Cheslyn Hay Academy, Saredon Road, Cheslyn Hay, WS6 7JQ
Part of Windsor Academy Trust
character education at cheslyn hay academy

Character Education

"Character is doing the right thing when nobody is looking." - J.C. Watts

We firmly believe that we have a duty to ensure that our students are able to fulfil their academic and personal potential. Central to achieving both of these is ‘character education’. As we enable students to develop their personal qualities, they will become better learners and have the ability to make a positive contribution to society.

What is Character Education?

“Character education includes all explicit and implicit educational activities that help young people develop positive personal strengths called virtues.” - A Framework for Character Education in Schools

Each child has a right to character education. Good character is the foundation for improved attainment, better behaviour and increased employability, but most importantly, flourishing societies.

Our approach to Character Education

The Windsor Academy Trust approach to character education is based on the extensive research and projects carried out by the Jubilee Centre for Character and Virtues. The work undertaken by the Jubilee Centre has identified a range of virtues that are indicative of good character. At Cheslyn Hay Academy there are six ASPIRE character virtues:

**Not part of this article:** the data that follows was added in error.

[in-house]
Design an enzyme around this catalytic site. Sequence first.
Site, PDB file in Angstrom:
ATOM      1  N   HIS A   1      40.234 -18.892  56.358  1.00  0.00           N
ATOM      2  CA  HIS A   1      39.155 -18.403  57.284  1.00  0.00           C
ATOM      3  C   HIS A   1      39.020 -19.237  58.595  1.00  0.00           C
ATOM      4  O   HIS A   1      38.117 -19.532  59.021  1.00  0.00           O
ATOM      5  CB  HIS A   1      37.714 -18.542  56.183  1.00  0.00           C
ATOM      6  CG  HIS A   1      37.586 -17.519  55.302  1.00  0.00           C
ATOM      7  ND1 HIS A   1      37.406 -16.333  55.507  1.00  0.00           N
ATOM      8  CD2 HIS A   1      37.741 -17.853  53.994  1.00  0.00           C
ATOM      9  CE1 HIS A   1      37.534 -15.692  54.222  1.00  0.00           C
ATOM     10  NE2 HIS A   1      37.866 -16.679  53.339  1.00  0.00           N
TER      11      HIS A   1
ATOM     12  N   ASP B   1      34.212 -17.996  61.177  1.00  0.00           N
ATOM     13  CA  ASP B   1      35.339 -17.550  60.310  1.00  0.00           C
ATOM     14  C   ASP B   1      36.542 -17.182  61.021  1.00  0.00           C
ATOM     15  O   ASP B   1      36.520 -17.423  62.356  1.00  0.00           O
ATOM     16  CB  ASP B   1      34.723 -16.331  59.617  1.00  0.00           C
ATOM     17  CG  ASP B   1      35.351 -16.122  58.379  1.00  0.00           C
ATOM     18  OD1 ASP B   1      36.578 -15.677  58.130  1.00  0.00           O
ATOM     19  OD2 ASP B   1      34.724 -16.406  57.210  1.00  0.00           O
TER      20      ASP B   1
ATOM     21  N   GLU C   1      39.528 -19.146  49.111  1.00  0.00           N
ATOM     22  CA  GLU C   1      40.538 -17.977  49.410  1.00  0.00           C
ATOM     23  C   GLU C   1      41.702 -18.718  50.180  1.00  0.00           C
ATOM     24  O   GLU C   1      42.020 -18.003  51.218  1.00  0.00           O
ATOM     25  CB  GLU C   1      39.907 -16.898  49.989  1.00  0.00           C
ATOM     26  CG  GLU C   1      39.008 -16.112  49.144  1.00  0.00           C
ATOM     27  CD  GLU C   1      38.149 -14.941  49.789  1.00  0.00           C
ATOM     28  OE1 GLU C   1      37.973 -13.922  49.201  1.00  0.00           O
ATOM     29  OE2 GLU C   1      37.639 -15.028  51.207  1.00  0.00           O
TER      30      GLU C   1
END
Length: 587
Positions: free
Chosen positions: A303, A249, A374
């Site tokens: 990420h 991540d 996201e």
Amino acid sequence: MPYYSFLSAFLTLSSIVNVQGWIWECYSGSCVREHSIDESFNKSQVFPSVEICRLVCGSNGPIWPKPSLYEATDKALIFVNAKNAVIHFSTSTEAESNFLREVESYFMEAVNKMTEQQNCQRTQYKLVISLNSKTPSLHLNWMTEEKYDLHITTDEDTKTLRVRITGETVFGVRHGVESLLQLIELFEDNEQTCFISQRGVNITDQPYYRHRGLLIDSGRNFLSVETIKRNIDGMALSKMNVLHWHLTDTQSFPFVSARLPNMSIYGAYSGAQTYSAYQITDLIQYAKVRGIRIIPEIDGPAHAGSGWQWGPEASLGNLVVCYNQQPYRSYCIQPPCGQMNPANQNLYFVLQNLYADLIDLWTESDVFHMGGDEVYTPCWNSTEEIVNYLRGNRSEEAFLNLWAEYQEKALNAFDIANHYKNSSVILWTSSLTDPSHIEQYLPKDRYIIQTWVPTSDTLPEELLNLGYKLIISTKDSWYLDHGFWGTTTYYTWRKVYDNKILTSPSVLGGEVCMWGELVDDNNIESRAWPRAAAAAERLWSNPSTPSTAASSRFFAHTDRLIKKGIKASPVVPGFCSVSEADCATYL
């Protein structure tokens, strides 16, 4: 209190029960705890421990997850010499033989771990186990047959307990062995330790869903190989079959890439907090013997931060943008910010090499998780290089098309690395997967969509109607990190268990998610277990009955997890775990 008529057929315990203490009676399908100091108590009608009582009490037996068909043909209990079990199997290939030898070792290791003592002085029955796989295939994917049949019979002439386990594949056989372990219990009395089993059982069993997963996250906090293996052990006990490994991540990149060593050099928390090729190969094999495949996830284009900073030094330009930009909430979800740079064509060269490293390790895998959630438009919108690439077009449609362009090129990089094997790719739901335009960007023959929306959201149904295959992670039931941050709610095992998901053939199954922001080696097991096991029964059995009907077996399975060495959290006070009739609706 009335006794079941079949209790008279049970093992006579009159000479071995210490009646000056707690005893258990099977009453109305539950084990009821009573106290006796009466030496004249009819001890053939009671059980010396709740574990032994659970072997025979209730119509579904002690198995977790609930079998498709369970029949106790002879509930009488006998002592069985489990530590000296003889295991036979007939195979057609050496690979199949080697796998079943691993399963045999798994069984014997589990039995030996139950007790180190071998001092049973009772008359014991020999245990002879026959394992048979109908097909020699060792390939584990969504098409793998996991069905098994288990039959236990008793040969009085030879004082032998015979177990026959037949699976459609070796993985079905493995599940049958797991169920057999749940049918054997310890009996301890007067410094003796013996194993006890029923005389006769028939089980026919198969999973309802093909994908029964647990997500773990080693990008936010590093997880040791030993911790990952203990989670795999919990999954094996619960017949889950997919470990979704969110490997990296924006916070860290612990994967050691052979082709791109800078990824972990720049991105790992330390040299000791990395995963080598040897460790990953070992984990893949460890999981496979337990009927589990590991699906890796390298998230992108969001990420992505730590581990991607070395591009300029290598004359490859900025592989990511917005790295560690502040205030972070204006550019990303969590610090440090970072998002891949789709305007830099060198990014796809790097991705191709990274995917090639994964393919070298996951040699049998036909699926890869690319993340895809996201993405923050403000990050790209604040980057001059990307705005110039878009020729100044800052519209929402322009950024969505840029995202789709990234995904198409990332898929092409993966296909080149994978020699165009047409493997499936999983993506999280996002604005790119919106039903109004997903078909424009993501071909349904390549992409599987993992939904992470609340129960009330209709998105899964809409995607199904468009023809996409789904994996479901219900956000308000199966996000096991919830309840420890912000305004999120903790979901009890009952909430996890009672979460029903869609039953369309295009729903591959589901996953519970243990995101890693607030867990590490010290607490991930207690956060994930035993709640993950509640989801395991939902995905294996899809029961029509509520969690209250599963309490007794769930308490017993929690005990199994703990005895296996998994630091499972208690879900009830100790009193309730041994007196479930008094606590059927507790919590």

• Respectful - to treat someone or something in a way that shows they are valued
  • Responsible - to act knowing that our choices will lead to certain outcomes
  • Resilient - to try, even when something is challenging, and ‘bounce back’ when faced with disappointment
  • Courageous - to be brave and aim high
  • Creative - to think of different ideas and perspectives
  • Compassionate - to show care and kindness to others

Taught, sought, caught

To ensure that our students are constantly exposed to positive character virtues, we employ a taught, sought, caught approach to character development:

  • Taught - Students can be taught about what good character looks like through their
    educational experiences, and we ensure that opportunities to exploit links to character are made through the curriculum.
  • Sought - Students are encouraged to seek out opportunities to develop their character
    through extra-curricular experiences and an array of leadership opportunities.
  • Caught - Constant exposure to positive role models, and a recognition of when good
    character has been demonstrated means that students are able to ‘catch’ positive character traits.